This week we’ve had a bit of stooshie (several steps short of a stramash) over a legal ruling in relation to the policy of Free Personal Care in Scotland. Now I accept that this is the field that I work in, and therefore, my musings here may be of interest to no-one but me. Two key issues emerge for me from this week’s events.
Firstly, the Scottish Government was criticised by the judge (admittedly in very polite, legal code) for not accepting his invitation to attend the hearing and explain the intention that lies behind the legislation. This criticism was seized upon by political opponents as a dereliction of duty etc, etc.
I’m glad that the Government didn’t send a representative to the court. As I understand it our legal system is built around an independent judiciary, making judgement on the basis of the legislation passed by Parliament. Any move toward Government explaining its intentions in court seem to me to be a dangerous erosion of the process and could be exploited for all sorts of political purposes. Instead, the legislature should make sure that the statutes that they pass are carefully worded to ensure that the policy intentions are adequately and competently described.
In other words – politicians should do their jobs properly, then the courts can do theirs.
Secondly, and something that I’ve been concerned about since this policy was introduced. Free Personal Care is not new and it’s not free. It’s not new since the provision of social care in this country is based on assessed needs, not ability to pay. The amount that anyone is asked to contribute towards the cost of the care provided to them is then (and only then) assessed according to their financial situation. For the poorest people this means that care has (generally) always been free. The advent of the current ‘flagship’ policy has meant that the more affluent users of care services have received more subsidy from the state. I’m not saying that this is a bad thing in itself, it’s just that the language used in this area is misleading.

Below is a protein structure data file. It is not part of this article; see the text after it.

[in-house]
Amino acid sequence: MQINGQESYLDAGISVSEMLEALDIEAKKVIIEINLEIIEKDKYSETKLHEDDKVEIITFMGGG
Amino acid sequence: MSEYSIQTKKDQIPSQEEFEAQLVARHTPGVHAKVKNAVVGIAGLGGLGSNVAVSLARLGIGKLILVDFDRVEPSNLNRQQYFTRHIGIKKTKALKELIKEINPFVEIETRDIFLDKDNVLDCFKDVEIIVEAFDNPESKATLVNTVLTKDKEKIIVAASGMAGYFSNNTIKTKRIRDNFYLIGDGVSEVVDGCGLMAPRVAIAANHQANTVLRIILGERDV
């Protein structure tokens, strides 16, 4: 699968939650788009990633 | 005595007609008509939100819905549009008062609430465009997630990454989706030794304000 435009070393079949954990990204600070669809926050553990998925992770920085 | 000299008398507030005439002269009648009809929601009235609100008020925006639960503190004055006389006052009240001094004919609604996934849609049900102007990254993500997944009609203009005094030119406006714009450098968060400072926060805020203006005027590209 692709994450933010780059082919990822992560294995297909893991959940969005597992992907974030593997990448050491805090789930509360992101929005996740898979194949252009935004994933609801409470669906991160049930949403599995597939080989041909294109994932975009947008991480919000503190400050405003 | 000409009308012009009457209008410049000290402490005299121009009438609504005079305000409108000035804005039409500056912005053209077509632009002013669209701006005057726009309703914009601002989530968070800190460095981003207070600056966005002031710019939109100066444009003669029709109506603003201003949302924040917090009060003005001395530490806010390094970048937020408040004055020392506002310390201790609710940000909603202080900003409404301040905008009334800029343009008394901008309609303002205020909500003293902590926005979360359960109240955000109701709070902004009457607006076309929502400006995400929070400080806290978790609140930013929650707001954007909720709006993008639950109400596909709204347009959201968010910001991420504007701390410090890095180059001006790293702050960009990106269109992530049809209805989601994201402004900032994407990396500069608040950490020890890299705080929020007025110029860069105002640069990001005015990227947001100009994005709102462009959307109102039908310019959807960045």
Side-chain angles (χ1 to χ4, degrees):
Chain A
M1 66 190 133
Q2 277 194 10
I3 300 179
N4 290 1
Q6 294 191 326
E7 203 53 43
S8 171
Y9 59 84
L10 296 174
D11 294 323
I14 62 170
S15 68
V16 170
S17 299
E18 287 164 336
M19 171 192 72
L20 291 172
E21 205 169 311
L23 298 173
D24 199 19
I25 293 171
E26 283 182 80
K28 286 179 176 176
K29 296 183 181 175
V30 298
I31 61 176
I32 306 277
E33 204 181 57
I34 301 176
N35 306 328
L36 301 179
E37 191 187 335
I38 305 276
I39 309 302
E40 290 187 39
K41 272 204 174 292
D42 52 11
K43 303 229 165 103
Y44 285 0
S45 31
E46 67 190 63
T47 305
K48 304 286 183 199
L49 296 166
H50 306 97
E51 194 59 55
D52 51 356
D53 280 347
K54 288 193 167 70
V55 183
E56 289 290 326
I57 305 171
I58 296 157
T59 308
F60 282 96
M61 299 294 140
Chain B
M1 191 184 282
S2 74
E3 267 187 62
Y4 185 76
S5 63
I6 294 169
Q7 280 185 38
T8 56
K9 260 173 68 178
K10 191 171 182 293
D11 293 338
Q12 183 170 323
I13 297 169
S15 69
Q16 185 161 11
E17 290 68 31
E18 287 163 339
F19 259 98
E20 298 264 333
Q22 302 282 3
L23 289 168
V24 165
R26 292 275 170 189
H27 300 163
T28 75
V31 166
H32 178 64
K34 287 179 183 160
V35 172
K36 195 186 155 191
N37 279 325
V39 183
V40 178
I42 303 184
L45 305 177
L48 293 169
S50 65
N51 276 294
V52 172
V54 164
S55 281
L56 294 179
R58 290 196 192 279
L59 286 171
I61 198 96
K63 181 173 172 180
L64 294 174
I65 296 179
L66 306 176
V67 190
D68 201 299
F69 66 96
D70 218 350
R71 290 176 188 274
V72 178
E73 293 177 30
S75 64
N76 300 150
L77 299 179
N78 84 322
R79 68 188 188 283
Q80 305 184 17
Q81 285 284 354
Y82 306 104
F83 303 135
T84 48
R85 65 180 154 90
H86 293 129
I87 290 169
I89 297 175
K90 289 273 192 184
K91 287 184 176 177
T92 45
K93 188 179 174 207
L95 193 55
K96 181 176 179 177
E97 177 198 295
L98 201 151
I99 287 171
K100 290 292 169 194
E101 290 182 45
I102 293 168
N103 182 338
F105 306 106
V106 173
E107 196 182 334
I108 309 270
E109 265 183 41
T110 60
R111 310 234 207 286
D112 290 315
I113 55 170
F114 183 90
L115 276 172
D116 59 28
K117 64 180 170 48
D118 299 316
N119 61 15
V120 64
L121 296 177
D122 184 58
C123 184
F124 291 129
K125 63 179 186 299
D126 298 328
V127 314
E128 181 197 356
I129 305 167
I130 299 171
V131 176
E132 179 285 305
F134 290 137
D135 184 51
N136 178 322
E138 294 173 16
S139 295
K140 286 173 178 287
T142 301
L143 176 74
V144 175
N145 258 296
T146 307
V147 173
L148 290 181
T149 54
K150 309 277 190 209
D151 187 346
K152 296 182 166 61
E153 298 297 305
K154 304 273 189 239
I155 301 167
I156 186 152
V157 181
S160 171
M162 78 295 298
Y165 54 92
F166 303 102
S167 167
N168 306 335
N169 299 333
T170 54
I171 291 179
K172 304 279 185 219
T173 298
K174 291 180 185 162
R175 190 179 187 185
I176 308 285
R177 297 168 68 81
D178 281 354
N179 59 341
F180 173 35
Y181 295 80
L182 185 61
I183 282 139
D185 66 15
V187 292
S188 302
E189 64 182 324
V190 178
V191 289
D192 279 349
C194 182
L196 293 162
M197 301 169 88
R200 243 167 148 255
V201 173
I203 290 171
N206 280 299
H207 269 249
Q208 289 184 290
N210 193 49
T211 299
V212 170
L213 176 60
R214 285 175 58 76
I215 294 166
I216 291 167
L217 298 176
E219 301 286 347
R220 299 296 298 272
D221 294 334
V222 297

For my tuppence-worth, I’d like to see our politicians refraining from political ambushes and one-up-manship and asking the big questions about the provision of care.
- Do we want to be socially progressive in this area?
- If so, should all care be truly free?
Then, when we’re clear about the way forward, we can amend the legislation so that it does what it says on the tin – without the need to explain the underlying intentions.